Friday, November 30, 2007

Photo Sharing and Video Hosting at Photobucket

A hero has died.

No one stands out more in my memories of age 9 - 13 more than Evel Kenievel. He was Superman brought to life. He had the super hero costume complete with cape.And THAT hair! He wore a damn helmet and still had a do that wouldn't quit.

He defined swagger. He looked at each stunt with as much fear as a normal man would look at walking off the curb. He spoke plainly and straightforward. He was also damned good looking. I had no real understanding of it at that age, but something in me knew he got all the girls because of the way he acted.

As I got older and learned more about him and how he lived his life I admired him more. Yes, he was flawed and yes, he made mistakes. But, he stood right up for each decision he made in his life; good or bad, and said to the world, "Fuck you if you don't like it." I like the fact he too a bat to the knees of the guy who wrote an unauthorized biography filled with nothing but lies. I like the fact he hired limos for all of the guys getting out of jail the same day he did to take them home.

This guy was chutzpah defined.

Thinking of Evel brings back other good memories from that time. In the 6th grade my friend, Al McCall and I were avid Evel fans. We watched every jump on ABC's Wide World of Sports. We has September 8, 1974 marked on our calendars from the moment the Snake River jump was announced. I can still picture myself planted in front of the TV watching the jump while playing with my Ideal Evel Kenievel "gyro-energizer" stunt motorcycle.

These wimps in the X-Games owe everything they have to Evel. As they make piles of cash from winnings and product endorsements for simply flipping a dirt bike 20 feet in the air they are riding on the back of a giant who hurtled himself 10 times that distance and speed.

All they while they yelling, "Party on, dood!"

Before each jump Robert Craig Kenievel would tell us to believe in ourselves and believe on our dreams.

Gee...which sounds better to you?

Tuesday, November 27, 2007

Food for thought about the writers strike.

Monday, November 26, 2007

The reason I haven't posted for quiet some time is, honestly, not that much has been going on.

Until today.....

I got a call from KC, the guy who runs the sound studio where I have been doing all my voice over jobs for the DAVE School. He had an outside job for which he thought I would be prefect. It is for a water taxi/tour boat business in the Virgin Islands. It has a pirate theme to it and for some odd reason when KC thought of pirates he thought of me!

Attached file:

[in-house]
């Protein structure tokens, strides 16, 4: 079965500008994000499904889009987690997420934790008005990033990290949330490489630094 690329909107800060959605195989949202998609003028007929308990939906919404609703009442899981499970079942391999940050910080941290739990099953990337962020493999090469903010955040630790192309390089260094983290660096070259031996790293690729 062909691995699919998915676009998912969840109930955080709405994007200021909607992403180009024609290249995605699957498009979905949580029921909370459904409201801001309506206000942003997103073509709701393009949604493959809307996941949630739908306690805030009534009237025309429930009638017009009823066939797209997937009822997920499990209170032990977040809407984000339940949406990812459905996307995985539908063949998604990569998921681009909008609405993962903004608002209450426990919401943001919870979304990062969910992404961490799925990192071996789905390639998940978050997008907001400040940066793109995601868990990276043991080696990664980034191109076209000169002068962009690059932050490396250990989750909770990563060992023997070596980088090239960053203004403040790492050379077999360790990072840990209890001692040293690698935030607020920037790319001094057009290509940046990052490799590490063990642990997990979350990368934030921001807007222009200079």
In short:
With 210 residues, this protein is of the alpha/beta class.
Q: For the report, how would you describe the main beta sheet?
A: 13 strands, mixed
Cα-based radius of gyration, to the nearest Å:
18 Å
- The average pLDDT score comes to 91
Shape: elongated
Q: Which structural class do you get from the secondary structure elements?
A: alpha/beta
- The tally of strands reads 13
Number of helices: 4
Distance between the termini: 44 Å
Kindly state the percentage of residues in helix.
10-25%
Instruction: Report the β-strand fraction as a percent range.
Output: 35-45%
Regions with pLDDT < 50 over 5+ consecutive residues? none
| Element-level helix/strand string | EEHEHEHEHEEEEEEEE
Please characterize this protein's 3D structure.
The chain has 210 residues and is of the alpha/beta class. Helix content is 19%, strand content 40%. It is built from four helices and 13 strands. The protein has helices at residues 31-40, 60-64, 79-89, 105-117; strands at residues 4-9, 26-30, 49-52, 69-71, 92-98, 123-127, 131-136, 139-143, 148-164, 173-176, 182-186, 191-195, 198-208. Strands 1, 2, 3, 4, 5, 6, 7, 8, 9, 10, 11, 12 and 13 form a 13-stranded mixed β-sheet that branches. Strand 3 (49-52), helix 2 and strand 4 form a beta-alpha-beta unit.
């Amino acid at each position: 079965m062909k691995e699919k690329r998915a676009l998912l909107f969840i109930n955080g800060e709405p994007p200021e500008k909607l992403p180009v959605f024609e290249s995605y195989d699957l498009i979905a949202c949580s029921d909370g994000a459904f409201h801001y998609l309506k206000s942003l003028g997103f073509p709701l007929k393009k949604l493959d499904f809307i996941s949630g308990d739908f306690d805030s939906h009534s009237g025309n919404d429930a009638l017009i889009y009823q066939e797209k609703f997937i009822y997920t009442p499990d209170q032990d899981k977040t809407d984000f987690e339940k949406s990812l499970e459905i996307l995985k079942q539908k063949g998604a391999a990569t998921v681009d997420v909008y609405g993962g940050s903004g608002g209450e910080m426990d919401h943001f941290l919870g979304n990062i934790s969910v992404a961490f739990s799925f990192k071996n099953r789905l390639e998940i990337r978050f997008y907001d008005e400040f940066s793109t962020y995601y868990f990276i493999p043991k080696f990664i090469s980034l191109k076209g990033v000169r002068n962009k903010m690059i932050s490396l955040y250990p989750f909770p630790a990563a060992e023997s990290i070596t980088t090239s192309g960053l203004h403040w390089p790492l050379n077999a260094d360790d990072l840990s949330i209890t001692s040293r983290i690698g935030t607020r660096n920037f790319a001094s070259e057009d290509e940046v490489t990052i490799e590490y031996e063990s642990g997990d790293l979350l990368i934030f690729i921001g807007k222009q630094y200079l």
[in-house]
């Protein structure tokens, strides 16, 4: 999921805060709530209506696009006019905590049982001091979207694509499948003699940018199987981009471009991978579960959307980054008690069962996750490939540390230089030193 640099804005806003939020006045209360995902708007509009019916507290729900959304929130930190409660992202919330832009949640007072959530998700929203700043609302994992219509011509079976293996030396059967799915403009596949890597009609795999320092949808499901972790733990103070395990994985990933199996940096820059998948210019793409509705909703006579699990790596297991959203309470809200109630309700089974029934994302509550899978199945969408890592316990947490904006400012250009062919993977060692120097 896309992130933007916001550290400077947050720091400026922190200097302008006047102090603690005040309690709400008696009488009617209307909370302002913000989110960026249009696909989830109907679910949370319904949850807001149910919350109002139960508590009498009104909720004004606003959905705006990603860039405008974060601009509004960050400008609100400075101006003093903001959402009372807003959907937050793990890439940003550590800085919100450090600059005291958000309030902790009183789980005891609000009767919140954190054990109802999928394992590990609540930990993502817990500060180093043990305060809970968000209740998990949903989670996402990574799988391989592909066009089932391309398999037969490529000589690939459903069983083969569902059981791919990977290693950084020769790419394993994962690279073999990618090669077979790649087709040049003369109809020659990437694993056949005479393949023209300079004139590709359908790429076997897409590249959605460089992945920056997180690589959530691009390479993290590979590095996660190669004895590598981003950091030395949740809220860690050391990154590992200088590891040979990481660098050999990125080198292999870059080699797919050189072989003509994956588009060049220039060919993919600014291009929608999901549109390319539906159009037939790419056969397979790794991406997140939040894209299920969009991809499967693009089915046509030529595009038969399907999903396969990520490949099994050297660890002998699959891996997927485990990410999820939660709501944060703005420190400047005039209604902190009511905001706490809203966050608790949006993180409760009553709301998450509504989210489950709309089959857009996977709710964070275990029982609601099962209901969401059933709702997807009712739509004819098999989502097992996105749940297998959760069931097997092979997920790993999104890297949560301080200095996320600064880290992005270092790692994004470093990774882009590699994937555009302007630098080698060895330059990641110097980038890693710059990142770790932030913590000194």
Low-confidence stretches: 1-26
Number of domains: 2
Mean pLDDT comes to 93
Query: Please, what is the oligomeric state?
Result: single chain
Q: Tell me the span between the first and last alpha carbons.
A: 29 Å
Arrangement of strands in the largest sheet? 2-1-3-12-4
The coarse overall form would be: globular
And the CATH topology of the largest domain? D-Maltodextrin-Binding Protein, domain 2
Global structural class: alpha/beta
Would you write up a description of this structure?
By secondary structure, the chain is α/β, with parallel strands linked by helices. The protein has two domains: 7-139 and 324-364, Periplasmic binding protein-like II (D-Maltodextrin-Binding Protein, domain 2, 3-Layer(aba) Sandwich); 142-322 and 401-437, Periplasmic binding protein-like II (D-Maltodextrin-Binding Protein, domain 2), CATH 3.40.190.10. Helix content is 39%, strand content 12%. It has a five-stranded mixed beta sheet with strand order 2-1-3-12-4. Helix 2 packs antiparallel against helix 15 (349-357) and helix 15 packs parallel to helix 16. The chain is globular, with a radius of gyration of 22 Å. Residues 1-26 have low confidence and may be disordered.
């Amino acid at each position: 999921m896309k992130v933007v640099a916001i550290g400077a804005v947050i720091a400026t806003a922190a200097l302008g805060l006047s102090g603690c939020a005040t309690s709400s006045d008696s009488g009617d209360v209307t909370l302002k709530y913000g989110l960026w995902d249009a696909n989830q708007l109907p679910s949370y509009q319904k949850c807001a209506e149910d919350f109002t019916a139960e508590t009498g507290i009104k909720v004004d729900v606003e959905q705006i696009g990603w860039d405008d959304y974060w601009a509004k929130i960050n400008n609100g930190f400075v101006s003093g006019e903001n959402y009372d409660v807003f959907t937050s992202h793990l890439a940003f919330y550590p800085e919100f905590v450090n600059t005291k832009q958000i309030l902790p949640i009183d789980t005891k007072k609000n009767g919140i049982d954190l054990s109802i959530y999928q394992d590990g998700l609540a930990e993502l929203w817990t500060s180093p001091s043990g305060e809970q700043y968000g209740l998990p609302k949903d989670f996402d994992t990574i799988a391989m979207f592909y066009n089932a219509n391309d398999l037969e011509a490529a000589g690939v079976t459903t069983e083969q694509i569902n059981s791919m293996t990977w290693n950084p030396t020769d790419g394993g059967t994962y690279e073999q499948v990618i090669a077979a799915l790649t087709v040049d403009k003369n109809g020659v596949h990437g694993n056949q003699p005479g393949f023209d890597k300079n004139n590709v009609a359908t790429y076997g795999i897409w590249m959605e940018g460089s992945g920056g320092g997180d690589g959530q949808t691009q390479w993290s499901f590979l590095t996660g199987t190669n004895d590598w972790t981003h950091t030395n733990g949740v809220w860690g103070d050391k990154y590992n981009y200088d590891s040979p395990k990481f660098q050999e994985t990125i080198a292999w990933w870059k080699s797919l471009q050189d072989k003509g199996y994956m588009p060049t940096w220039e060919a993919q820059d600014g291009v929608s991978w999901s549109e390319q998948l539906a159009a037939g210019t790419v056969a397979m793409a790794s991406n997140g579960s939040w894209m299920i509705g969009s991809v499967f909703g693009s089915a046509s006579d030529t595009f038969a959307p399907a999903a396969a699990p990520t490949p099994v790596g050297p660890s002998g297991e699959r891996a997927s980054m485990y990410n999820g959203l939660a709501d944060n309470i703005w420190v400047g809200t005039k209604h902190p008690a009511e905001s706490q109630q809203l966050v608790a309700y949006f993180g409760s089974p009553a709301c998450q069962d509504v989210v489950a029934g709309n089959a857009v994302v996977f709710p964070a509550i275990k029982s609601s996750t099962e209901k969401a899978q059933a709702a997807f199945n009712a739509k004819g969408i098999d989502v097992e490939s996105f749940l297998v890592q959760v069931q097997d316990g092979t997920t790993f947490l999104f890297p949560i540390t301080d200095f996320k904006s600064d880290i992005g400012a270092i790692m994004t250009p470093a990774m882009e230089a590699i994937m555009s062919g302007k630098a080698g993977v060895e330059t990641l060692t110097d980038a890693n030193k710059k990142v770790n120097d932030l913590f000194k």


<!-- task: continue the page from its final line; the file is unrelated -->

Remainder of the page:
This water taxi will ferry tourists around the Virgin Islands in an open boat decked out with all kinds of pirate artwork. As they go around there will hear sounds of pirates, battles and a scripted story will tour them around the area.

We had tried for the last week to work out a time which fit into my work schedule and with the holiday happening as well things didn't fall into place until this morning. To me it was a perfect sign of how much this means to me. I left an email for my boss telling her I wouldn't be in to work until late in the afternoon and would make up my hours. While almost any day I get ready for work at Shawshank I am dragging myself every step of the way; for this job I was up at 5:15 and out of the house and hour later for the 90 minuet drive to the studio. I even made it there before KC.

For almost two hours we created a world of pirate noises. From an evil pirate captain, to a drunk singing pirate on the dock, background people and 10 minuets of nothing but "Arrrggggggghhh's" and pirate laughter. And that's what it was, creating something. We tossed ideas around, twisted voices around and created a world to surround this water taxi.

I was in heaven.

And I got paid for it as well!!!!!!

I had gotten up before the sun, driven almost 200 miles round trip within 6 hours and still gone to my job at Shawshank...all to be able to do this recording session. When KC first offered my the job he couldn't get over the fact I was willing to do all this. I simply said to him, "Look, it's a job and I'm hungry for the work. This is what I want to do and if you're offering me a paid gig; I'm there." No, it's not the kind of job that is going to really build my resume but I have just proven to my first producer outside of the DAVE School my dedication to the work and maybe someday a casting director from Nickelodeon or Dreamworks will ask him about my work ethic and at least he'll be able to say, "Yeah, that crazy bastard will do anything for a job!"

It's something Billy West said the time he and I got to talk. He spoke about how some people are overwhelmed by the volume of work he has and the variety and number of jobs. He said, "There's never a job that isn't worthy. If someone is willing to pay for your talent and you're able to go there and create something, then it's worth it. It's always about the work."

That's what today was.